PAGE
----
How can you not be drawn to a movie that’s best described as a ‘small town werewolf horror-comedy’? It’s a fitting description on “Werewolves Within”, a wacky new film directed by Jack Ruben that’s actually based on a 2016 virtual reality game of the same name. The movie isn’t all that interested in the well-worn werewolf mythologies that have been handed down through generations. Instead it’s about communities and the wild potpourri of people that often make them up.

“Werewolves Within” sounds like a horror movie and certainly borrows from the genre. But it’s just as much an uneven yet crafty whodunit with a satirical bite. It stars a terrific Sam Richardson who plays Finn, a forest ranger and all-around nice guy who arrives at the sleepy Vermont town of Beaverfield. He’s been assigned there after some mishaps at his old post. The first person he runs into is a peppy mail carrier named Cecily (TV’s infectiously charming AT&T sales rep Milana Vayntrub) who gives him an introduction to community with consists of a veritable collage of colorful zany characters.

Image Courtesy of IFC Films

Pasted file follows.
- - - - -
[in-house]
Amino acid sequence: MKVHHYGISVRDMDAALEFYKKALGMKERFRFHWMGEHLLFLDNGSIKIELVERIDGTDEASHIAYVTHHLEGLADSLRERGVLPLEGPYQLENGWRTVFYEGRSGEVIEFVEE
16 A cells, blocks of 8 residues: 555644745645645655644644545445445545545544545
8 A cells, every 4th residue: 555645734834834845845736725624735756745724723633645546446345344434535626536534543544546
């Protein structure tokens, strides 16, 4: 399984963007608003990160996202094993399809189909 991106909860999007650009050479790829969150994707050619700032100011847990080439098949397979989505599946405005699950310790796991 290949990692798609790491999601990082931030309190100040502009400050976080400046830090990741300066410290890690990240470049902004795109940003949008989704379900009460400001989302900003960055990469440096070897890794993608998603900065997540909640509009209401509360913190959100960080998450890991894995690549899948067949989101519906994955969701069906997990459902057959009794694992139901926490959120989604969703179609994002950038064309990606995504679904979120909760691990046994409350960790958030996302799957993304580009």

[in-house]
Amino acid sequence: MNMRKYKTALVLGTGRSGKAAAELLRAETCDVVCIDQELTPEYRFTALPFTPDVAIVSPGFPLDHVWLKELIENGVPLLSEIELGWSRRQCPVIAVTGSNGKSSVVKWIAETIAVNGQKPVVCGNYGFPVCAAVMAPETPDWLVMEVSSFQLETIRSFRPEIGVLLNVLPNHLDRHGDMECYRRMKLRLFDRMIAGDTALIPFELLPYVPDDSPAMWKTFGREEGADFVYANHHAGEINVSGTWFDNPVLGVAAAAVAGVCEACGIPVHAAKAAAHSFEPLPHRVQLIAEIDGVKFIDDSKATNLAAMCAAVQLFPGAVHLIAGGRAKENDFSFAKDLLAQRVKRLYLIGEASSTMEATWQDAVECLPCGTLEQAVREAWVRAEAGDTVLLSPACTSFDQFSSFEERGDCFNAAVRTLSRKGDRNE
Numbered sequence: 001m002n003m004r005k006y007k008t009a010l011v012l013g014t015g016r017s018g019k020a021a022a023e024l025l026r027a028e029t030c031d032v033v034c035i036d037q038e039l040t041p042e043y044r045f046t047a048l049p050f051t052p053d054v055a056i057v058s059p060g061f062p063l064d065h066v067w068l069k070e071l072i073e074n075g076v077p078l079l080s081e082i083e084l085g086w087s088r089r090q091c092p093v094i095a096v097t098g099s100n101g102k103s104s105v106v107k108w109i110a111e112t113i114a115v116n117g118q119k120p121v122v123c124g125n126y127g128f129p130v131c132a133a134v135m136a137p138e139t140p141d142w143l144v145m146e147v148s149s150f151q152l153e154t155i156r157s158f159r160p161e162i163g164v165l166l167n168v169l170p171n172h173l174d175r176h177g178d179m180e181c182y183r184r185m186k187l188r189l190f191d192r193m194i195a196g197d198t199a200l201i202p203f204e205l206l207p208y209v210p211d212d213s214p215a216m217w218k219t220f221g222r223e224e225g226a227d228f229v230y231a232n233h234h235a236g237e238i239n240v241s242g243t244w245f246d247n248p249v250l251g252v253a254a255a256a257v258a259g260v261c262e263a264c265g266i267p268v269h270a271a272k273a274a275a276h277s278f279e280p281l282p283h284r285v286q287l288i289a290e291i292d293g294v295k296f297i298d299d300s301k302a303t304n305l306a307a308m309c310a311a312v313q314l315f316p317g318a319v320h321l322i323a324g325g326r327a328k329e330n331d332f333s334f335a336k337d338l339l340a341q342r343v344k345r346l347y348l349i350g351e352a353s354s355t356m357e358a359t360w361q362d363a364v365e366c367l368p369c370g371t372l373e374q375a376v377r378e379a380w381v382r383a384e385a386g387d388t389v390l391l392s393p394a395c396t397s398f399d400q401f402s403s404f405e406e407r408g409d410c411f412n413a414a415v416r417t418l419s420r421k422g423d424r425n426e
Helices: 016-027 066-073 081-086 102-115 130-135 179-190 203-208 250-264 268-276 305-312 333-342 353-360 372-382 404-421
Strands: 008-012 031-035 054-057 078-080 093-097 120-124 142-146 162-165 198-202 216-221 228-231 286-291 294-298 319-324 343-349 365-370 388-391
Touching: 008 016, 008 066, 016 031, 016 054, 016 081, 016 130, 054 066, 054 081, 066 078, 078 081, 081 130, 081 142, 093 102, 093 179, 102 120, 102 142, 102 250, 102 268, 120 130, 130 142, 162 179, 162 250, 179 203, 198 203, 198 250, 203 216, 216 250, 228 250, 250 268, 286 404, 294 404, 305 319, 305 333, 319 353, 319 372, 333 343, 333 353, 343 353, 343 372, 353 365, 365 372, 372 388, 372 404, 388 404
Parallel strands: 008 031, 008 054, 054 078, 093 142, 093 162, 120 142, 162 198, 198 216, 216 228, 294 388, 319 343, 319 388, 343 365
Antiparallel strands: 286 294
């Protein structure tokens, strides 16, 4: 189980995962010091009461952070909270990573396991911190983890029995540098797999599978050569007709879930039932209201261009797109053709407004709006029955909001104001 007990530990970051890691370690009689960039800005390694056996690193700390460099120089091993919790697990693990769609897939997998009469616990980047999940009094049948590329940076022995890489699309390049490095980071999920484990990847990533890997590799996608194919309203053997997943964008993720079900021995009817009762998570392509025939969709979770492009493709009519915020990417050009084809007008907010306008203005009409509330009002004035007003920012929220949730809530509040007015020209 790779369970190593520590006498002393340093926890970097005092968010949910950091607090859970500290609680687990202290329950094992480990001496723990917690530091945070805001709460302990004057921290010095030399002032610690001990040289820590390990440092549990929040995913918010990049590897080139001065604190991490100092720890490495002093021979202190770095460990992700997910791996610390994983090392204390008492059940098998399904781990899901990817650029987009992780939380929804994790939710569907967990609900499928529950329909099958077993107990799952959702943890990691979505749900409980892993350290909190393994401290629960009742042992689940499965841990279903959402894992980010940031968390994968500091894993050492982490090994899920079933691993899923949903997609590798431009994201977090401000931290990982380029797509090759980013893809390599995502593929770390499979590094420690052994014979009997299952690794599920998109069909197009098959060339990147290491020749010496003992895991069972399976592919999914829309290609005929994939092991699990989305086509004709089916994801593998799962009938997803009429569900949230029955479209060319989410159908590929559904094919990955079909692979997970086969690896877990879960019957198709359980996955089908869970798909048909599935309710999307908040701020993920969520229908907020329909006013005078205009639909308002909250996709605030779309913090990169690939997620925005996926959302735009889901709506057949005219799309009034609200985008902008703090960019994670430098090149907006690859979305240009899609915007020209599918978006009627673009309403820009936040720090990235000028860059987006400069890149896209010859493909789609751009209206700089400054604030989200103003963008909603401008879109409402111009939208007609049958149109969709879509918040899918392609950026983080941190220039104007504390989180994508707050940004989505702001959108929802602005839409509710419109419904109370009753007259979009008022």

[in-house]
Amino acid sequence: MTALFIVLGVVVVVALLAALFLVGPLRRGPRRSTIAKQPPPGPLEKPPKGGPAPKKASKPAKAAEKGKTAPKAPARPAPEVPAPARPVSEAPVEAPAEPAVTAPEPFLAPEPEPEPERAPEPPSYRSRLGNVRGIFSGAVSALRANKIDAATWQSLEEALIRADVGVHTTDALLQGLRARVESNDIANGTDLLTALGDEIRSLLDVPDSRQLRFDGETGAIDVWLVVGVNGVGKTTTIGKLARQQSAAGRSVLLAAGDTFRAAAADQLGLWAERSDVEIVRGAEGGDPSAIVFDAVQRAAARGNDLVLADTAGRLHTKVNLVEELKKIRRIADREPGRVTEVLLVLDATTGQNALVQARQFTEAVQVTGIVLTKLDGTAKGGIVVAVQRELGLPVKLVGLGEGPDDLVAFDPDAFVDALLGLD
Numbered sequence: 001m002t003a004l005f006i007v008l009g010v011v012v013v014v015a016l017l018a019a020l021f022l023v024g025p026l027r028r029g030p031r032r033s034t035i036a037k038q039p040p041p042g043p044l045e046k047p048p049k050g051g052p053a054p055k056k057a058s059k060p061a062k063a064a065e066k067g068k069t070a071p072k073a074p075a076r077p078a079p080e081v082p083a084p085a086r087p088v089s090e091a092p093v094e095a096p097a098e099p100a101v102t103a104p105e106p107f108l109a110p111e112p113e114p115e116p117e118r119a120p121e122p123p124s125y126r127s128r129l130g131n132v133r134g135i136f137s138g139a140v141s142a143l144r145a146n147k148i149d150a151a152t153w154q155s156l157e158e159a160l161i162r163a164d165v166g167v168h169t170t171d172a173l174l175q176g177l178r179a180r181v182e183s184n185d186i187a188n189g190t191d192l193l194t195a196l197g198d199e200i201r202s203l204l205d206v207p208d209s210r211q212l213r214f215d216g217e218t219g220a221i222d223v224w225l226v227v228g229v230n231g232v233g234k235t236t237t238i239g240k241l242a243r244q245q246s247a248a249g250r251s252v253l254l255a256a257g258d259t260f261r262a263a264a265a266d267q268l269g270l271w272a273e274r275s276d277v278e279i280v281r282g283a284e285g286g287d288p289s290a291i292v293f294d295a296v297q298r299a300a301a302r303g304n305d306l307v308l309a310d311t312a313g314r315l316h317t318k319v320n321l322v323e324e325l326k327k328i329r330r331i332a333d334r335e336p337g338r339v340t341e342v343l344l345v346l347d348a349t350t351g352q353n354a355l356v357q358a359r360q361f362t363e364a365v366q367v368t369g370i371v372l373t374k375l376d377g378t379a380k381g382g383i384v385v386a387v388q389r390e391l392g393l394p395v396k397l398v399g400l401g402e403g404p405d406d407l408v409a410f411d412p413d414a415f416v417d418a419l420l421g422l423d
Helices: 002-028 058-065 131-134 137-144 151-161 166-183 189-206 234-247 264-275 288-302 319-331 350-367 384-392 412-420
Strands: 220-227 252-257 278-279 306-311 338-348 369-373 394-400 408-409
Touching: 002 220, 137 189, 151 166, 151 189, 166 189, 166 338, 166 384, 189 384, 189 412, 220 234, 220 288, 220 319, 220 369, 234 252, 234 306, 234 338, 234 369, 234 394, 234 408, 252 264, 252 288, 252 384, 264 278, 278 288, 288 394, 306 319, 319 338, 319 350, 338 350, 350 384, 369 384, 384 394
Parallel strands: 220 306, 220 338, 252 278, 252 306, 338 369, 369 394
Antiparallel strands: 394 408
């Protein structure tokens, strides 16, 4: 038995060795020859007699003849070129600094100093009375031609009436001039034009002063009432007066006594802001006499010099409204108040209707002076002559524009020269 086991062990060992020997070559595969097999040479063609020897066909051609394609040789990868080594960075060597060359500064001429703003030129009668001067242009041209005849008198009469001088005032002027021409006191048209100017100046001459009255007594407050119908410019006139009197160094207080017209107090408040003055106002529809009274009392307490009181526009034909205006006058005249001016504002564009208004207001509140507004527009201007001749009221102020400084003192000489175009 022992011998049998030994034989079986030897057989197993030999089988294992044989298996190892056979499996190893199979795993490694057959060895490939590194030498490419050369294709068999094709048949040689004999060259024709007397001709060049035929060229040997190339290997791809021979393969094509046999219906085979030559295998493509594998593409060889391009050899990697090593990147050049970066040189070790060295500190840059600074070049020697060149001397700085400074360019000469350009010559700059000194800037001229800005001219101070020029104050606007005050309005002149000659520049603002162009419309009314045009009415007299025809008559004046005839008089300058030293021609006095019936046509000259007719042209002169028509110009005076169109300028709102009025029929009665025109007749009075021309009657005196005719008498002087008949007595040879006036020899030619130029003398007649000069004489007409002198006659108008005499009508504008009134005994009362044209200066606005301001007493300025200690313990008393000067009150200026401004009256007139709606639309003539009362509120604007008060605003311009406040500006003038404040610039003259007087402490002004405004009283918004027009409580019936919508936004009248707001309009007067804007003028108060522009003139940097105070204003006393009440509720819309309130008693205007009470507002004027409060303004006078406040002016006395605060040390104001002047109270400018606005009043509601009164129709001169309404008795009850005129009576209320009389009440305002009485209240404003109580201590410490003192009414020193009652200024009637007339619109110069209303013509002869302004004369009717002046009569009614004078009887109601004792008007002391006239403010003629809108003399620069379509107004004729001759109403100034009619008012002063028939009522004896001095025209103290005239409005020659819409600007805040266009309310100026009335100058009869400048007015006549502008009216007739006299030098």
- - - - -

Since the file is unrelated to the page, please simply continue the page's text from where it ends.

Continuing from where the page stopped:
The movie really is all about this wild assortment of characters and Ruben along with screenwriter Mishna Wolff unload most of the town’s drama through them, a lot of it revolving around a proposed pipeline. Comprising the small eccentric population is the town’s innkeeper Jeanine (Catherine Curtin) who mutters about her absent husband and makes a mean sandwich. There’s the aggressively weird Trish (Michaela Watkins) and her creepy husband Pete (Michael Chernus). You have the corporate pipeline pusher Parker (Wayne Duvall) and the bone-dry environmentalist Dr. Ellis (Rebecca Henderson). Add in a cartoonish gay couple (Cheyenne Jackson and Harvey Guillén) and the dimwitted redneck husband and wife (George Basil and Sarah Burns). Meanwhile the town hermit Flint (Glenn Fleshler) lives in the woods and pretty much hates them all.